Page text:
Staff at UK universities have threatened a series of walkouts early next year after employers unveiled plans to scrap their defined benefit (DB) pension scheme.
The current fund, Universities Superannuation Scheme, is the largest private sector pension in the country.
It has a DB and a defined contribution (DC) section, but would become a full DC fund, according to plans revealed on Friday (17 November) by Universities UK, which represents 350 university employers.
It said: “This proposal would tackle the scheme's financial deficit and rising future costs whilst ensuring that it continues to offer attractive pensions benefits to members.”
The scheme, the largest private sector pension scheme in the UK, covers the majority of staff mainly in the older "pre-1992 universities" including Oxford, Cambridge, Manchester and Imperial.
There have been concerns about the scheme's £12.6bn deficit, with employers and members warned they may need to increase contributions by up to 7 per cent to maintain their current benefits.
But this is beyond what universities are willing to pay and Frank Field, chairman of the work and pensions select committee, has written to ministers, the pension regulator and the trustees of the scheme to understand why its deficit has increased £7.3bn in three years.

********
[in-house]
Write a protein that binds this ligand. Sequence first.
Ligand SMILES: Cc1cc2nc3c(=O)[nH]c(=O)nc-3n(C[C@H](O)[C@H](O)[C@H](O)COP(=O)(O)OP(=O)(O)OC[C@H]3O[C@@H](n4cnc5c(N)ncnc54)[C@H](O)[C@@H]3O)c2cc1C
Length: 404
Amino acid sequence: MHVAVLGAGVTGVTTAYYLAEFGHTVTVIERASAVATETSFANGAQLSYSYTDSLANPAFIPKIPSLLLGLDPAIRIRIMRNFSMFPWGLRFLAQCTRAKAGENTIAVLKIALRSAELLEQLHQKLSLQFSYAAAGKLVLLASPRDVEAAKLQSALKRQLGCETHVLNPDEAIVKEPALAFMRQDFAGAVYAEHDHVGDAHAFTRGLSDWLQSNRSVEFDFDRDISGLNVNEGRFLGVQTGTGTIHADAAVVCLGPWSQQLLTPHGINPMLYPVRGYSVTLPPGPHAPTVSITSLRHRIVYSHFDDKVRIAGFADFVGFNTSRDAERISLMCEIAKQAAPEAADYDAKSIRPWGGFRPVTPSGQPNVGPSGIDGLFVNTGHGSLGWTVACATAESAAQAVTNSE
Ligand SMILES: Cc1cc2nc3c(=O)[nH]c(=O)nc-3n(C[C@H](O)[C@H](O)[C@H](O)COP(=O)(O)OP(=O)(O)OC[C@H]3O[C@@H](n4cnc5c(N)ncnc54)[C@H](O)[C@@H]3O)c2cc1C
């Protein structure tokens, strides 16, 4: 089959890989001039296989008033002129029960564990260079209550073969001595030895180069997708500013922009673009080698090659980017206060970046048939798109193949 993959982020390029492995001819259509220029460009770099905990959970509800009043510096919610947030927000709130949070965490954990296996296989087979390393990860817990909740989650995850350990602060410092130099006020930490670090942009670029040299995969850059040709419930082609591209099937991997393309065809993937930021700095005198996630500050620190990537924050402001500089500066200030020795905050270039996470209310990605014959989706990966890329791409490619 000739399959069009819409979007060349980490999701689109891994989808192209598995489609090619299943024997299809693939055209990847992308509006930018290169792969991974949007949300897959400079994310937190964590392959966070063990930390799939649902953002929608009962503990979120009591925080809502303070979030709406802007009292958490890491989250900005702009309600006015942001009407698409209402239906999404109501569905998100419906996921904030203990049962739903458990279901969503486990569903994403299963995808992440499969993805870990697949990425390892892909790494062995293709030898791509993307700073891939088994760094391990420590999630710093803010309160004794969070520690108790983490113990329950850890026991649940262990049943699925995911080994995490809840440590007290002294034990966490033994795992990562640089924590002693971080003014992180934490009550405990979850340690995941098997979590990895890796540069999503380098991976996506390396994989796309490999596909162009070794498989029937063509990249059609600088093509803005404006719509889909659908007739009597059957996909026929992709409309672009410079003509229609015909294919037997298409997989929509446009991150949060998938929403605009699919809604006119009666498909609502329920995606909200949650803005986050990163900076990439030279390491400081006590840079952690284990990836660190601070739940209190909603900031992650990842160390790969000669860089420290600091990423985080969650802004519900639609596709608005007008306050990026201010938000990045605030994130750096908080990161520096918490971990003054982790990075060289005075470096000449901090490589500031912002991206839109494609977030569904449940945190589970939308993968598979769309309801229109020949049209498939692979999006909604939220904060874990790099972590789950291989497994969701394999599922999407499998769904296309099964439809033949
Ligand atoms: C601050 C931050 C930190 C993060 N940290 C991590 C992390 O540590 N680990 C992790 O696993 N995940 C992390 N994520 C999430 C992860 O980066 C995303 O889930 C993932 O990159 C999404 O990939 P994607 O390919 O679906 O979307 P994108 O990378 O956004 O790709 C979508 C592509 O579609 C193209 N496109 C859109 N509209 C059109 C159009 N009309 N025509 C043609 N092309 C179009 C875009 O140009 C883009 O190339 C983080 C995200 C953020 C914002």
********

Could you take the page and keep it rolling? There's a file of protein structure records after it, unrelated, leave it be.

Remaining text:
The University and College Union (UCU), the trade union for higher education staff, argued that a DC scheme could lead to a final pension worth only around 20 per cent of the “best” DB schemes.
UCU said that this proposal was “a bolt from the blue,” and that it would consult members for industrial action in a ballot that will open 27 November and close on 19 January.
A previous ballot, in October, showed overwhelming support for industrial action to protect pensions, with 87 per cent of votes.
The union will ask members to back industrial action aimed at a substantial disruption of around 50 of the largest and most well-known universities in the UK including Oxford, Cambridge, Imperial and Manchester, it said.
The action will include a series of strikes during February, as well as other measures such as refusing to cover or reschedule classes, or cover for sick colleagues.
According to UCU general secretary Sally Hunt, this is the worst proposal she has received from universities “on any issue in 20 years of representing university staff”.
She said: “These plans would remove members' guarantees in retirement and leave them facing years of stress about whether their pension investments are returning enough income to live on.
“Staff always put their students first but their goodwill has been taken for granted for too long. If universities continue to pursue this action, they will face disruption on campus of a kind never seen before.”